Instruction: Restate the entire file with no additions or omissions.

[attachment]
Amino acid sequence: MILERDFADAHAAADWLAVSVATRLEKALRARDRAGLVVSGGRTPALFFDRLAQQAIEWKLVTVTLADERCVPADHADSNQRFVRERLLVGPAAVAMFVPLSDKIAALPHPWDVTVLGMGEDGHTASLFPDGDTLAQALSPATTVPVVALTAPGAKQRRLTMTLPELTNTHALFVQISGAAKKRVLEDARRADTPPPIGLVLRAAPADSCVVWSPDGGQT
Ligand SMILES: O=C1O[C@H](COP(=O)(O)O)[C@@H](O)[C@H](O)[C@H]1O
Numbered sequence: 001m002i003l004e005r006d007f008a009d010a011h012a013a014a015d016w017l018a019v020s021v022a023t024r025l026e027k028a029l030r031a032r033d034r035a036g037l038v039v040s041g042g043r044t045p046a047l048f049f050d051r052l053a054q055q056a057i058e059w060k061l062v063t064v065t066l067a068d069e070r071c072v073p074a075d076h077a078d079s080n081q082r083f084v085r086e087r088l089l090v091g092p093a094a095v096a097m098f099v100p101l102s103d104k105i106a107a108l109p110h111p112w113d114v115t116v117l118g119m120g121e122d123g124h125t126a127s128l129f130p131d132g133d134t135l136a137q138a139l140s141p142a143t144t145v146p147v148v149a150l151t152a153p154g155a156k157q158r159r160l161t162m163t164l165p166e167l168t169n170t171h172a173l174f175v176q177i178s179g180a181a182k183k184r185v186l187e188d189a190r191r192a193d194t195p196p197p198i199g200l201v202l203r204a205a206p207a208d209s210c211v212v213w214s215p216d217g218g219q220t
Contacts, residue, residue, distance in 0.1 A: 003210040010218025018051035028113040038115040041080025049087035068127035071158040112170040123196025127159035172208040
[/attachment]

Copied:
Amino acid sequence: MILERDFADAHAAADWLAVSVATRLEKALRARDRAGLVVSGGRTPALFFDRLAQQAIEWKLVTVTLADERCVPADHADSNQRFVRERLLVGPAAVAMFVPLSDKIAALPHPWDVTVLGMGEDGHTASLFPDGDTLAQALSPATTVPVVALTAPGAKQRRLTMTLPELTNTHALFVQISGAAKKRVLEDARRADTPPPIGLVLRAAPADSCVVWSPDGGQT
Ligand SMILES: O=C1O[C@H](COP(=O)(O)O)[C@@H](O)[C@H](O)[C@H]1O
Numbered sequence: 001m002i003l004e005r006d007f008a009d010a011h012a013a014a015d016w017l018a019v020s021v022a023t024r025l026e027k028a029l030r031a032r033d034r035a036g037l038v039v040s041g042g043r044t045p046a047l048f049f050d051r052l053a054q055q056a057i058e059w060k061l062v063t064v065t066l067a068d069e070r071c072v073p074a075d076h077a078d079s080n081q082r083f084v085r086e087r088l089l090v091g092p093a094a095v096a097m098f099v100p101l102s103d104k105i106a107a108l109p110h111p112w113d114v115t116v117l118g119m120g121e122d123g124h125t126a127s128l129f130p131d132g133d134t135l136a137q138a139l140s141p142a143t144t145v146p147v148v149a150l151t152a153p154g155a156k157q158r159r160l161t162m163t164l165p166e167l168t169n170t171h172a173l174f175v176q177i178s179g180a181a182k183k184r185v186l187e188d189a190r191r192a193d194t195p196p197p198i199g200l201v202l203r204a205a206p207a208d209s210c211v212v213w214s215p216d217g218g219q220t
Contacts, residue, residue, distance in 0.1 A: 003210040010218025018051035028113040038115040041080025049087035068127035071158040112170040123196025127159035172208040